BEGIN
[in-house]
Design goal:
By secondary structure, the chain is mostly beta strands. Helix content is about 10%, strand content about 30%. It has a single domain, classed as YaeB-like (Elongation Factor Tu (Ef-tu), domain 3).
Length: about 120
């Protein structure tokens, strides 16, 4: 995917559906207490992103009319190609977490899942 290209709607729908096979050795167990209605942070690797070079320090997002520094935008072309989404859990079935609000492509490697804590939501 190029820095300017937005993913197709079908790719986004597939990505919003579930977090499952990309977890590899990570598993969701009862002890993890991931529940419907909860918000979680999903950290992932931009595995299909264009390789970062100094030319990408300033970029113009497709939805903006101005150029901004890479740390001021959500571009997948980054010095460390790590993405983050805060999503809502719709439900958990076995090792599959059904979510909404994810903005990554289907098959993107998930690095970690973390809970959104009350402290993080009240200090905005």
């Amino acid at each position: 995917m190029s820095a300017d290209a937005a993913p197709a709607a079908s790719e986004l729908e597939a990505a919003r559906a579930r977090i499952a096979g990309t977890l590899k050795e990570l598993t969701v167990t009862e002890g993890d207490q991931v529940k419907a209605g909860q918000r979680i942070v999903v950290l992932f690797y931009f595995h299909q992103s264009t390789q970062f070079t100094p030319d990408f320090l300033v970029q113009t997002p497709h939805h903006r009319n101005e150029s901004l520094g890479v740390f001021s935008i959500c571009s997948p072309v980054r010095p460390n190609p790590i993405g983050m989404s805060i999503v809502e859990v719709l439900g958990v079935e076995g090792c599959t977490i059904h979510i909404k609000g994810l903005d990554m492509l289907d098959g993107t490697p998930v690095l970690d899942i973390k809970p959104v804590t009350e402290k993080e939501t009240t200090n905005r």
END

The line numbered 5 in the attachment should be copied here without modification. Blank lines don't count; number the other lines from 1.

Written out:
């Protein structure tokens, strides 16, 4: 995917559906207490992103009319190609977490899942 290209709607729908096979050795167990209605942070690797070079320090997002520094935008072309989404859990079935609000492509490697804590939501 190029820095300017937005993913197709079908790719986004597939990505919003579930977090499952990309977890590899990570598993969701009862002890993890991931529940419907909860918000979680999903950290992932931009595995299909264009390789970062100094030319990408300033970029113009497709939805903006101005150029901004890479740390001021959500571009997948980054010095460390790590993405983050805060999503809502719709439900958990076995090792599959059904979510909404994810903005990554289907098959993107998930690095970690973390809970959104009350402290993080009240200090905005």